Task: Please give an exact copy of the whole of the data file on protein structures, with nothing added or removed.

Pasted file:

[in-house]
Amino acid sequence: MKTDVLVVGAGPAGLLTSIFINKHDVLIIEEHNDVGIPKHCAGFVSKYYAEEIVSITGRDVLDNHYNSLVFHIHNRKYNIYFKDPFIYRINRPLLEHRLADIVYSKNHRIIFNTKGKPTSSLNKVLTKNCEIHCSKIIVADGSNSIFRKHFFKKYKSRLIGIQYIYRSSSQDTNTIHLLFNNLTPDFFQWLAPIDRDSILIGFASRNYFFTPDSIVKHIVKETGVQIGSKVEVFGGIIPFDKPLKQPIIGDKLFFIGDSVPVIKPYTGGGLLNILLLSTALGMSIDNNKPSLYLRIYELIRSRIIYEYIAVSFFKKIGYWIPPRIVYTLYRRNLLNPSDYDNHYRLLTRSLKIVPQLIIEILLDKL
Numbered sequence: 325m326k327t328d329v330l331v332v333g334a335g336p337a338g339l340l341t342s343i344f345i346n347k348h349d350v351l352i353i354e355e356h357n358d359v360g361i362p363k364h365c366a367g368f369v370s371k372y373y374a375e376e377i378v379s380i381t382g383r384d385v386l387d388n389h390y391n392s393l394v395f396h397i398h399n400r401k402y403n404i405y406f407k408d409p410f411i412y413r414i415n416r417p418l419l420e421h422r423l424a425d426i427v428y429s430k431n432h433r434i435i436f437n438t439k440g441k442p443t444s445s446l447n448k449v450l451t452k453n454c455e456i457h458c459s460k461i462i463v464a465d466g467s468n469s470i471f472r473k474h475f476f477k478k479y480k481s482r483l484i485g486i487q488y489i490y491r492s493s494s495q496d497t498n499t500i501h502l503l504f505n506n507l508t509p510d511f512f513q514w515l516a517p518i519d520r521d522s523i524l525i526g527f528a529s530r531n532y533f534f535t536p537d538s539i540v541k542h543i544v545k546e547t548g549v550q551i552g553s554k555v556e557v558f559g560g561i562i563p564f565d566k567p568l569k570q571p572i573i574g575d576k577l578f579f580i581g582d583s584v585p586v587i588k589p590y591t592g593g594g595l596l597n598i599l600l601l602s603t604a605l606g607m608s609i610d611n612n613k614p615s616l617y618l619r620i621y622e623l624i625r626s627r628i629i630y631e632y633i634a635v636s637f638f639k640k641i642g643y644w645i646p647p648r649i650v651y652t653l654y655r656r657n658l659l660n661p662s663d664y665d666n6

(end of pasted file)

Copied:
[in-house]
Amino acid sequence: MKTDVLVVGAGPAGLLTSIFINKHDVLIIEEHNDVGIPKHCAGFVSKYYAEEIVSITGRDVLDNHYNSLVFHIHNRKYNIYFKDPFIYRINRPLLEHRLADIVYSKNHRIIFNTKGKPTSSLNKVLTKNCEIHCSKIIVADGSNSIFRKHFFKKYKSRLIGIQYIYRSSSQDTNTIHLLFNNLTPDFFQWLAPIDRDSILIGFASRNYFFTPDSIVKHIVKETGVQIGSKVEVFGGIIPFDKPLKQPIIGDKLFFIGDSVPVIKPYTGGGLLNILLLSTALGMSIDNNKPSLYLRIYELIRSRIIYEYIAVSFFKKIGYWIPPRIVYTLYRRNLLNPSDYDNHYRLLTRSLKIVPQLIIEILLDKL
Numbered sequence: 325m326k327t328d329v330l331v332v333g334a335g336p337a338g339l340l341t342s343i344f345i346n347k348h349d350v351l352i353i354e355e356h357n358d359v360g361i362p363k364h365c366a367g368f369v370s371k372y373y374a375e376e377i378v379s380i381t382g383r384d385v386l387d388n389h390y391n392s393l394v395f396h397i398h399n400r401k402y403n404i405y406f407k408d409p410f411i412y413r414i415n416r417p418l419l420e421h422r423l424a425d426i427v428y429s430k431n432h433r434i435i436f437n438t439k440g441k442p443t444s445s446l447n448k449v450l451t452k453n454c455e456i457h458c459s460k461i462i463v464a465d466g467s468n469s470i471f472r473k474h475f476f477k478k479y480k481s482r483l484i485g486i487q488y489i490y491r492s493s494s495q496d497t498n499t500i501h502l503l504f505n506n507l508t509p510d511f512f513q514w515l516a517p518i519d520r521d522s523i524l525i526g527f528a529s530r531n532y533f534f535t536p537d538s539i540v541k542h543i544v545k546e547t548g549v550q551i552g553s554k555v556e557v558f559g560g561i562i563p564f565d566k567p568l569k570q571p572i573i574g575d576k577l578f579f580i581g582d583s584v585p586v587i588k589p590y591t592g593g594g595l596l597n598i599l600l601l602s603t604a605l606g607m608s609i610d611n612n613k614p615s616l617y618l619r620i621y622e623l624i625r626s627r628i629i630y631e632y633i634a635v636s637f638f639k640k641i642g643y644w645i646p647p648r649i650v651y652t653l654y655r656r657n658l659l660n661p662s663d664y665d666n6